|Photo of veneers from parkcitiesdentalcare.com
“That’s not your teeth!” I said to his picture when I saw it on Facebook after not seeing him for nearly forty years.
Forget that his hair was white, his forehead lined, his eyes deepened. It was his teeth which startled me. Gone were the delicate incisors and the snarled left canine I had liked so much as a girl, the one that his lip would curl above when he smiled, and in their place was this set of perfect white Chicklets – bright white veneers to go with his long white hair and Florida tan. They scared me to death.
We don’t talk much about teeth in polite conversation. In assessing each other, we might say, “Wow your hair looks great! Did you get a haircut? ” But we’d never say, “Boy your teeth look fantastic! Are they new?” His picture made me long for the days when teeth along with the other parts of movie stars’ faces had character – not like today where every one has the same frozen foreheads and plump lips limning identical expensive choppers.
|a snaggle toothed Sam Shepard, pre-veneers
When I was at the dentist last week, he told me that he had recently taken a seminar taught by the dentist who worked on the television show Extreme Makeover.
My dentist told me that he wasn’t surprised to learn that the first stop for all potential candidates for a makeover was at the dentist’s office and if the dentist determined that there was no way to give the person a perfect smile they were immediately eliminated. All of the plastic surgery in the world could not make a person beautiful — even attractive – if they couldn’t get good teeth.
I always hated my teeth. They were small, dark, even yellowish – this in the Sixties when there was no bleaching available and everyone, including me smoked cigarets.
When I was in 12th grade, my dentist told me that I still had a baby eye tooth and without any preparation at all, he extracted it. It took three full years for the adult tooth to grow in – three years that I spent hardly smiling.
I was one of the first people to get veneers – back in the early Eighties and they worked so well and made me feel so good about myself that they emboldened me to get that nose job I’d wanted since I was a girl.
I got my second set ten years ago. They don’t last forever. I’ll never forget that moment in the midst of the application of my second set when the dentist asked me, “So do you want them bright bright white or more natural looking?” He could control the brightness with the tint of the cement. In that instant, I said, “Natural” and I have second guessed myself ever since.
|Loretto Chapel staircase, Santa Fe New Mexico
When I first arrived in Santa Fe for my six week self designed writing retreat, I was feeling wonderful and filled with creative energy. I was smiling all of the time, meeting new people and having magical experiences in the Land of Enchantment.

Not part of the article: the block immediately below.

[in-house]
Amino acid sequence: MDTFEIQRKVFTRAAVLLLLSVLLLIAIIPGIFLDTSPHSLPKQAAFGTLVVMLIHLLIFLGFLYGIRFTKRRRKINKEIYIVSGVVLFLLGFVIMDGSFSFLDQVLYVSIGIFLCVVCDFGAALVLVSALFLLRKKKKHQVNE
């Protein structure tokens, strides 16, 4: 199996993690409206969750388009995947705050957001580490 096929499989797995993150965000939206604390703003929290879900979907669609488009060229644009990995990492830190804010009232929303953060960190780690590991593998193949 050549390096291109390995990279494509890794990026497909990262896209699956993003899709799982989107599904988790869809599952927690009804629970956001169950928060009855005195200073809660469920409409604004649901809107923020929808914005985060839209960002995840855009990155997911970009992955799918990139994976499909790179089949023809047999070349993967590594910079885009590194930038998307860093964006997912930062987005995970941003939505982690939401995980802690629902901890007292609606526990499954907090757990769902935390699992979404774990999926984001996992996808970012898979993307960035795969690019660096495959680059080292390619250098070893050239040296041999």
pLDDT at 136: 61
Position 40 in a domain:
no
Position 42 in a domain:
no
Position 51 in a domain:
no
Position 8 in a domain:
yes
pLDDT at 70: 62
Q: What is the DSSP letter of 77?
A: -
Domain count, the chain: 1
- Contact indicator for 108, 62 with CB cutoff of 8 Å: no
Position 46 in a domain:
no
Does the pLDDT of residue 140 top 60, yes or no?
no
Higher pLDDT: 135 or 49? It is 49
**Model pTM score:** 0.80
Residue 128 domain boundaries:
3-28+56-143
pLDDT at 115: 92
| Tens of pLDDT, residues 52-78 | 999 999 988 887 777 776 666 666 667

I hear the crack when the tea cup hits my front tooth. I was with my writing coach and turned to her and asked, “Is it still there? My tooth. Is it still there?” “It is,” she replied and I relaxed.
Two days later, when I am brushing my teeth a piece of porcelain sticks to my brush.
“Cracked my veneer, ” I would later say, because when you’re on a vision quest, everything is metaphor.
I do not look pretty. There is an untoward chip which made no sense at all on my left front tooth and it takes away any impetus I have to smile.
And I still have five weeks of my dream trip to go.
I find a local dentist ( who turns out to have gone to Temple University, where I’d earned my Masters degree – one of several synchronistic Philadelphia connections on this trip ) who tells me he could do a temporary fix which may or may not work at all and that it would cost $400.00.
It isn’t about the money. I have it and could put it on my credit card. But in that instant ( much like the moment years before with my dentist at home ) I make a snap decision.
“Will what’s left of the veneer hold until I get home?”
“Yes,” the dentist says. “No doubt about it.”
“Then don’t do it. I’m going to leave this alone.”
|Biscochito Casita, Sante Fe New Mexico
Later, back in my casita, still looking for meaning I google “cracked teeth.” I learn that in energy medicine, teeth, like bones are related to structure and a cracked or broken tooth or bone means that something is changing in the structure of your life.
I also learn that leaders of certain aboriginal tribes in Australia would take a hammer and break the front tooth of each young man as a rite of passage before he would embark on a vision quest.
And in parts of Indonesia, some women would have their teeth filed down to fine sharp points – a sign of beauty.
My landlady in Santa Fe, Victoria Rogers, is an artist with the touch of a healer. When she sees my tooth and recognizes how bad I ams feeling, she looks at me and says, “You look adorable! Like the little girl you once were.” Then she invites me to her studio for a photo shoot so I can see for myself how “beautiful” I looked.
The pictures Victoria takes of me that day ARE gorgeous! There is a light shining from inside of me and my eyes are sparkling and yes, I am smiling widely which I continue to do for the remainder of the my trip. Victoria thinks that maybe I will decide to keep the chipped tooth when I got back home.
But of course I don’t. I mean, let’s be real here. What woman who had a nose job at 35 would NOT fix her teeth as soon as she could??
As I write this, I am wearing 6 temporary teeth, made from hard plastic. My third set of veneers are being made in a lab.
And next week, when my dentist asks me, “Bright white or natural?” Well we’ll have to see what comes out of my mouth.
All photographs taken by Victoria Rogers.